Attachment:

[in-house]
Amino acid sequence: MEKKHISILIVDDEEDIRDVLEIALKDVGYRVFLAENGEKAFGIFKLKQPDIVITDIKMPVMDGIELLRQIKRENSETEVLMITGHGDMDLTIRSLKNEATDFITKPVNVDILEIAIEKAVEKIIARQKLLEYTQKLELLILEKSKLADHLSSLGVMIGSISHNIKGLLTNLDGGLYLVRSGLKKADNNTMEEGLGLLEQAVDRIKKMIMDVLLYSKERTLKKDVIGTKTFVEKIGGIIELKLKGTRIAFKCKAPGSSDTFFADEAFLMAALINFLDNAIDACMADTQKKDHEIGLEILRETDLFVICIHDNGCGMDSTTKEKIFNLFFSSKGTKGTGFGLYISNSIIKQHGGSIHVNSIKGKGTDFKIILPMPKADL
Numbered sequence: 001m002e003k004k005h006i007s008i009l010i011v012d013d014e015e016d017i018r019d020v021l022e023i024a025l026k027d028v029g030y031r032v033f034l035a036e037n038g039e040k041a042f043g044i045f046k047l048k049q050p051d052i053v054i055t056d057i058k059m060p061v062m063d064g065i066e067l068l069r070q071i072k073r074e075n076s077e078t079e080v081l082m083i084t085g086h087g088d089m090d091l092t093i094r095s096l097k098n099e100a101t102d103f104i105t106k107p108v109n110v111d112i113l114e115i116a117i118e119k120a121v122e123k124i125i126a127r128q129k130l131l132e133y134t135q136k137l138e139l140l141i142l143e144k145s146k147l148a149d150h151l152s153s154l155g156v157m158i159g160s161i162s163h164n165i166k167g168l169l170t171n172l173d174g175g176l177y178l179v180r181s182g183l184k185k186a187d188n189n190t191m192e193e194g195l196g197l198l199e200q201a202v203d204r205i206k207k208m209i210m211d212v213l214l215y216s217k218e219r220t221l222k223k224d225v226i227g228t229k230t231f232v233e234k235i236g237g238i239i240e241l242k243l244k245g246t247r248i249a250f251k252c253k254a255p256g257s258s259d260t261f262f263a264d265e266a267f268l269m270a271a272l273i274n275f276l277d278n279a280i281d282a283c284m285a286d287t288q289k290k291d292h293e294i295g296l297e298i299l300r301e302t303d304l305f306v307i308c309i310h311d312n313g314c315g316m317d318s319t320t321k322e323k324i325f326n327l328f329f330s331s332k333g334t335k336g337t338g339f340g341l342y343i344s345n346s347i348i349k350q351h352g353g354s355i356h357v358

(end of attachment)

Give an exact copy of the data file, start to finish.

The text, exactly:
[in-house]
Amino acid sequence: MEKKHISILIVDDEEDIRDVLEIALKDVGYRVFLAENGEKAFGIFKLKQPDIVITDIKMPVMDGIELLRQIKRENSETEVLMITGHGDMDLTIRSLKNEATDFITKPVNVDILEIAIEKAVEKIIARQKLLEYTQKLELLILEKSKLADHLSSLGVMIGSISHNIKGLLTNLDGGLYLVRSGLKKADNNTMEEGLGLLEQAVDRIKKMIMDVLLYSKERTLKKDVIGTKTFVEKIGGIIELKLKGTRIAFKCKAPGSSDTFFADEAFLMAALINFLDNAIDACMADTQKKDHEIGLEILRETDLFVICIHDNGCGMDSTTKEKIFNLFFSSKGTKGTGFGLYISNSIIKQHGGSIHVNSIKGKGTDFKIILPMPKADL
Numbered sequence: 001m002e003k004k005h006i007s008i009l010i011v012d013d014e015e016d017i018r019d020v021l022e023i024a025l026k027d028v029g030y031r032v033f034l035a036e037n038g039e040k041a042f043g044i045f046k047l048k049q050p051d052i053v054i055t056d057i058k059m060p061v062m063d064g065i066e067l068l069r070q071i072k073r074e075n076s077e078t079e080v081l082m083i084t085g086h087g088d089m090d091l092t093i094r095s096l097k098n099e100a101t102d103f104i105t106k107p108v109n110v111d112i113l114e115i116a117i118e119k120a121v122e123k124i125i126a127r128q129k130l131l132e133y134t135q136k137l138e139l140l141i142l143e144k145s146k147l148a149d150h151l152s153s154l155g156v157m158i159g160s161i162s163h164n165i166k167g168l169l170t171n172l173d174g175g176l177y178l179v180r181s182g183l184k185k186a187d188n189n190t191m192e193e194g195l196g197l198l199e200q201a202v203d204r205i206k207k208m209i210m211d212v213l214l215y216s217k218e219r220t221l222k223k224d225v226i227g228t229k230t231f232v233e234k235i236g237g238i239i240e241l242k243l244k245g246t247r248i249a250f251k252c253k254a255p256g257s258s259d260t261f262f263a264d265e266a267f268l269m270a271a272l273i274n275f276l277d278n279a280i281d282a283c284m285a286d287t288q289k290k291d292h293e294i295g296l297e298i299l300r301e302t303d304l305f306v307i308c309i310h311d312n313g314c315g316m317d318s319t320t321k322e323k324i325f326n327l328f329f330s331s332k333g334t335k336g337t338g339f340g341l342y343i344s345n346s347i348i349k350q351h352g353g354s355i356h357v358